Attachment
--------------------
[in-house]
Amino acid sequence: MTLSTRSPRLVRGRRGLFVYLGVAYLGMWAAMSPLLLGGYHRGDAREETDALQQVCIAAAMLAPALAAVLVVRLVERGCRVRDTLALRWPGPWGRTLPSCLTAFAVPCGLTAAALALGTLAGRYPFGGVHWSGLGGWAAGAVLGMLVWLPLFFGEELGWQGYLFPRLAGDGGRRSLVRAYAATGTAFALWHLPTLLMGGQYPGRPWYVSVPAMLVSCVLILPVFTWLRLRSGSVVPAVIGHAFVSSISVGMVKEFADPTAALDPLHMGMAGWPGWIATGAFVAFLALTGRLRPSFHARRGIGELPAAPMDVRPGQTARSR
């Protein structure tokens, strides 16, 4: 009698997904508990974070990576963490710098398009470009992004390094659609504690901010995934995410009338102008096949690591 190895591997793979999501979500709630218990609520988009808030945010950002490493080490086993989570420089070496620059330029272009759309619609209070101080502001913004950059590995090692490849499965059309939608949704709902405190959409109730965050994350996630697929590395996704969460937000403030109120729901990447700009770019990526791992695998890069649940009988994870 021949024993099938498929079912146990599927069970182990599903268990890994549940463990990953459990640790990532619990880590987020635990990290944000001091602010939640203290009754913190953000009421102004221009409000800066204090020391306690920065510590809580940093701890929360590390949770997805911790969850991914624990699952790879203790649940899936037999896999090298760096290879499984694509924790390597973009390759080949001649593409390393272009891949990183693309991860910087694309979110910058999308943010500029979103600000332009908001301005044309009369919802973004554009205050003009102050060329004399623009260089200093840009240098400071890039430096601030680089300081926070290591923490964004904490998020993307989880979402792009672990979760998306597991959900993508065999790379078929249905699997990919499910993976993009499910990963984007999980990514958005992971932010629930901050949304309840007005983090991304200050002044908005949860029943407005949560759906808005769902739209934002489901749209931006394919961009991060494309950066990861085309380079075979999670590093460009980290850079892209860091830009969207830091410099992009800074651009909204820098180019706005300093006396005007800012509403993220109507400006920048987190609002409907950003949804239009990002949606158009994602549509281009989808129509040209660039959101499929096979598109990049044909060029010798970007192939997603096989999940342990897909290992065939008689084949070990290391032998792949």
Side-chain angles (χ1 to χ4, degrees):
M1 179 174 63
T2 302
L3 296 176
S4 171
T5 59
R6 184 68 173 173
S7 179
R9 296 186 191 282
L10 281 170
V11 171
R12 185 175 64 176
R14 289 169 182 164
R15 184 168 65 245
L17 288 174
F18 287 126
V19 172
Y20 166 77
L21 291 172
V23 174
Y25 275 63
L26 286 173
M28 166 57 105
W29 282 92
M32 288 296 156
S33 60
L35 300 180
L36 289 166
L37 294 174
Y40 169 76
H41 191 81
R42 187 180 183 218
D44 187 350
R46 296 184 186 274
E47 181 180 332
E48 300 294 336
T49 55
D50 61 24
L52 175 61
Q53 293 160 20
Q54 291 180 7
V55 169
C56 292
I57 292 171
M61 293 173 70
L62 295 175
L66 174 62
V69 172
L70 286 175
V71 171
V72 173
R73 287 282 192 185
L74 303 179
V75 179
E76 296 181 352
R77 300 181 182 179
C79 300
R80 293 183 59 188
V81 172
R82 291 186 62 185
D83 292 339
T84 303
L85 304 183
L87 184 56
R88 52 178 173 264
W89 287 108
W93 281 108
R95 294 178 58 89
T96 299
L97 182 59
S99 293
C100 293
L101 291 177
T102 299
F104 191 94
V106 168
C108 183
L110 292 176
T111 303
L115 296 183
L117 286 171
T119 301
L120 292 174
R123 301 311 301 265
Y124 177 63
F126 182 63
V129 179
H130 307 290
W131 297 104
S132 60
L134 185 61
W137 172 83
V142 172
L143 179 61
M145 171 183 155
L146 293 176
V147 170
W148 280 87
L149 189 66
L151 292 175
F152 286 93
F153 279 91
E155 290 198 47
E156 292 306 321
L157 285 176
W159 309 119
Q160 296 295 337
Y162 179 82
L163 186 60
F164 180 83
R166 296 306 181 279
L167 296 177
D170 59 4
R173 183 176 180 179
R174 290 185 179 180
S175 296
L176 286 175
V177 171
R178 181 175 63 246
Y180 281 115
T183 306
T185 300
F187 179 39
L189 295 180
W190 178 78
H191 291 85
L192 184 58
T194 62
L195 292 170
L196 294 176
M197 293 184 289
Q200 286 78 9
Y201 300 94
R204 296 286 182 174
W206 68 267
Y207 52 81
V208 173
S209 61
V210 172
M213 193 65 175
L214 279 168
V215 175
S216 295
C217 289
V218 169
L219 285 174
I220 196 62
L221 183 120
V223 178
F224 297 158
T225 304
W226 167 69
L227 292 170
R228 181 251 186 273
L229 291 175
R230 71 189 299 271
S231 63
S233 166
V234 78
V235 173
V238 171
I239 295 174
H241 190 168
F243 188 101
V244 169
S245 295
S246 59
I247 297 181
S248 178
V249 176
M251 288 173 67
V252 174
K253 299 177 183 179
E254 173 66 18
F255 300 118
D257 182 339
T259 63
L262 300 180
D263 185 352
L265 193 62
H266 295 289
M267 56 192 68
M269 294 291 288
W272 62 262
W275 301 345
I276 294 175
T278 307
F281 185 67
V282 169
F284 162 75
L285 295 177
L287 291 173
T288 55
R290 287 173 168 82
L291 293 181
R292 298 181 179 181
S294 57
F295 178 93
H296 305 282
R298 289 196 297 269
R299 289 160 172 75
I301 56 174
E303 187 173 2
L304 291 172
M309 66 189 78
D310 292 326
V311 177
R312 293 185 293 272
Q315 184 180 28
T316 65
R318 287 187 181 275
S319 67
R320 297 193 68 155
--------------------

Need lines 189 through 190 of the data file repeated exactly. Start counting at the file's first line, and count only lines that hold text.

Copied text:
I276 294 175
T278 307